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Hagerty Employee

Avoidable Contact #93: What if you held a mandatory EV party and nobody came? | Hagerty Media

Start with this: Moore's Law was never a law. It wasn't even a theory. Didn't even make it to hypothesis grade. This is what it was: bunk. If you've never heard of Moore's Law, no worries. We'll get back to it in a moment.
https://www.hagerty.com/media/opinion/avoidable-contact/avoidable-contact-93-what-if-you-held-a-mand...
172 REPLIES 172
avendlerdp
New Driver

Um, that's what we are doing and always will do. All our regulations are trying to do is push the large trends towards overall better results. People mostly buy Camrys because they are fine and for what they are doing a ZEV would work just as well. Again, this isn't that hard.
CitationMan
Advanced Driver

In all regulation there is the seen and the unseen.

Regulators with their limited knowledge chose to see the  mpg projections from CAFE, but not the body count from accidents in small CAFE cars.

Today people see sleek shiny Teslas driving down the road, but not the kid in the 3rd World lithium mine, or the future Superfund site a junked ZEV will end up in.

spark123
Intermediate Driver

No such animal as a ZEV! Emissions are just not in my back yard!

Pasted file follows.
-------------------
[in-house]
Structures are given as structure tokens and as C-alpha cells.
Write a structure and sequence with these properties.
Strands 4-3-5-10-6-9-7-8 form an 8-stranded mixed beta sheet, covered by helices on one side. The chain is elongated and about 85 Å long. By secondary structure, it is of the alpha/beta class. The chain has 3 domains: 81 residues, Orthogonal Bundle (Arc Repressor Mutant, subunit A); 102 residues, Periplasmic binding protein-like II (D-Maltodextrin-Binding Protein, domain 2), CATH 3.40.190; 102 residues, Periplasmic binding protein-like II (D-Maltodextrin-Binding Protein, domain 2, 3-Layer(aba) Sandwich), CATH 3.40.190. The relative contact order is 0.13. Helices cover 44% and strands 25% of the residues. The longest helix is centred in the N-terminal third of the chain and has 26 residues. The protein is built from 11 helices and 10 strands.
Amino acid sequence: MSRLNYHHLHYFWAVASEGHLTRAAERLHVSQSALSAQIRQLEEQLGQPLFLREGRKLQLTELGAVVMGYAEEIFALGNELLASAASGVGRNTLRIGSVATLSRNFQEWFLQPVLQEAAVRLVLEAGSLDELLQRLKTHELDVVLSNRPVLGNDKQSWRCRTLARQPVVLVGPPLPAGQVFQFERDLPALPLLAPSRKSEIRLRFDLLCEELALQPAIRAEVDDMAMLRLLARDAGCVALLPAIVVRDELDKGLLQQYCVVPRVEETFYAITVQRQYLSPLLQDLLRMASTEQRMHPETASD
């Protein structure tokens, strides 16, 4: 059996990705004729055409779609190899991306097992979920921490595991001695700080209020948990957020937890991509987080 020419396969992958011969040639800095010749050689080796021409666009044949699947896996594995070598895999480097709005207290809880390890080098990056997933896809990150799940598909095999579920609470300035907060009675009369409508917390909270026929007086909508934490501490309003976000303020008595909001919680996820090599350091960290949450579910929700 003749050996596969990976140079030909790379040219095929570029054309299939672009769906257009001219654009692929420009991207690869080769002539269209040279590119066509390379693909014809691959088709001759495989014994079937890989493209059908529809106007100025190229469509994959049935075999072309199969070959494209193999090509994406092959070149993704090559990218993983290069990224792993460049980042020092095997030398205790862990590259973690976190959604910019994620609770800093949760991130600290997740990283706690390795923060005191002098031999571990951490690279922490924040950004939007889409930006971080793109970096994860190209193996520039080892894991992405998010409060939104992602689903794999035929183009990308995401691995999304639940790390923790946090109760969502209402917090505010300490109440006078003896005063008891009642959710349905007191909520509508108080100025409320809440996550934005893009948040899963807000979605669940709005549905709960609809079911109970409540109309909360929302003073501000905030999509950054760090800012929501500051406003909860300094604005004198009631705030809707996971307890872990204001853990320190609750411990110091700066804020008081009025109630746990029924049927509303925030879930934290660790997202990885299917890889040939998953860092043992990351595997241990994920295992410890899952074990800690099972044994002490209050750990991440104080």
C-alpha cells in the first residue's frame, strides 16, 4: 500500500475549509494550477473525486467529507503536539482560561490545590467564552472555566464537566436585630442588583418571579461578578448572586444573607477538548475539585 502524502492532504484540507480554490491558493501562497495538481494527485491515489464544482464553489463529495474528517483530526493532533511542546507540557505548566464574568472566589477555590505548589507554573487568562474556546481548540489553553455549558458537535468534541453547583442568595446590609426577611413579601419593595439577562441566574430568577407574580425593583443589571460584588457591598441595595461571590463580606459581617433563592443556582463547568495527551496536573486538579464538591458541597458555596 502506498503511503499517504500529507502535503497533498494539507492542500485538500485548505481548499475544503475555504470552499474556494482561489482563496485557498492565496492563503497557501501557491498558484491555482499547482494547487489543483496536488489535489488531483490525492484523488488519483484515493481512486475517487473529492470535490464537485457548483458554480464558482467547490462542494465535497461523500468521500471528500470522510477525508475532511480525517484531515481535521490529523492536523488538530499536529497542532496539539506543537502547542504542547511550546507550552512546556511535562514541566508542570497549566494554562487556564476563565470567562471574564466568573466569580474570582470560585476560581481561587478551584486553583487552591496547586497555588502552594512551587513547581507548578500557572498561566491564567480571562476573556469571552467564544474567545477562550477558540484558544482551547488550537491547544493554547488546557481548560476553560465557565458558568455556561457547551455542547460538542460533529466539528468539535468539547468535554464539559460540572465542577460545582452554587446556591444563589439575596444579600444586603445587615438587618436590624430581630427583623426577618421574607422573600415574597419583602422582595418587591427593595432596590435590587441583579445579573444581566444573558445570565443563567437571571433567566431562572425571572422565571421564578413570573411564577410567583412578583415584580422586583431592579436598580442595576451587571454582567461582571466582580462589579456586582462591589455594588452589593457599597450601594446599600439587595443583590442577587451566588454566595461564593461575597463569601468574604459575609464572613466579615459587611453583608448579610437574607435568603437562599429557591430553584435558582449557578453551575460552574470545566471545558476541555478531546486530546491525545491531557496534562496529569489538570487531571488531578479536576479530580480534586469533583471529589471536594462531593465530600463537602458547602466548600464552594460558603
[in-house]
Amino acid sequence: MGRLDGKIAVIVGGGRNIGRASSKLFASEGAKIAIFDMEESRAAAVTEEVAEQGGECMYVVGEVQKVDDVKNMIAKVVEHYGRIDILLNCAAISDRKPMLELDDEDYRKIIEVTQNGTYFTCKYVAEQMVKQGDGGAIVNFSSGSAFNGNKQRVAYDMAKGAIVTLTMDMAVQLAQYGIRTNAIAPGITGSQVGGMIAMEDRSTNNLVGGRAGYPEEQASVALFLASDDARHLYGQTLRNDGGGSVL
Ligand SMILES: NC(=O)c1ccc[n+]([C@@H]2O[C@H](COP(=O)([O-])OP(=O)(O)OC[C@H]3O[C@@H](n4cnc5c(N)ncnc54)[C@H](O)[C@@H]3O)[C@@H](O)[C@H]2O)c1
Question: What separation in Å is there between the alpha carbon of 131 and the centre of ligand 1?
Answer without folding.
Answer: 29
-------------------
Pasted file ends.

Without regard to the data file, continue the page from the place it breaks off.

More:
spoom
Technician

The left isn't going to take away our gas powered cars, they're fine with us keeping them at home or wherever they ran out of gas.

TA76
Intermediate Driver

Well thought out.
zmega
Pit Crew

Jack, please commit to re-publishing this flat-earth article in 10 years. Then we can all appreciate your Nostradamus-like ability to view of the future.
BTW, there is this thing called "global climate change" which threatens to make the planet uninhabitable for our grandchildren. Do you have a solution for that which allows for endless burning of fossil fuels in the transportation sector?
And a quick note - few coal-burning power plants remain, and their days are numbered. Economics killed them, as much as environmental regulation.
Jack_Hagerty
Moderator

If I still have a job in ten years, as opposed to being part of a roving group of bandits in the post-apocalyptic wasteland, than sure!

I think you might want to read this roundup of current coal-plant production. China alone has over a thousand new coal plants in the planning stages. Over 160 were completed last year.

https://wattsupwiththat.com/2017/07/03/forget-paris-1600-new-coal-power-plants-built-around-the-worl...
spoom
Technician

And please save your comment for 10 years, to be re-published in Mad Magazine, or The Daily Show with Tucker Carlson😁😄😃😀

ModelT
Detailer

This signing in is getting confusing. Maybe it has something to do with my lack of human contact. What actually brought me to this story was the photo of the rear end of a Model T. You can tell I'm old. Seeing the rear of a cute young lady used to have the same affect! Also the part of my being old is why I continue driving my ICE vehicles .......... when there is no ice on the roads!
The electric car was on Americas highways way before Henry and his crew began dumping Model T's into the hands of humans to venture farther and farther from their farms and city dwellings. As before, humans have tried to keep up with Fig Newton's laws of relatives living far away and we gotta go visit, so we attempted to keep up with the Jones' by getting larger and fancier automobiles. Other laws, both real and in our heads added to the confusion.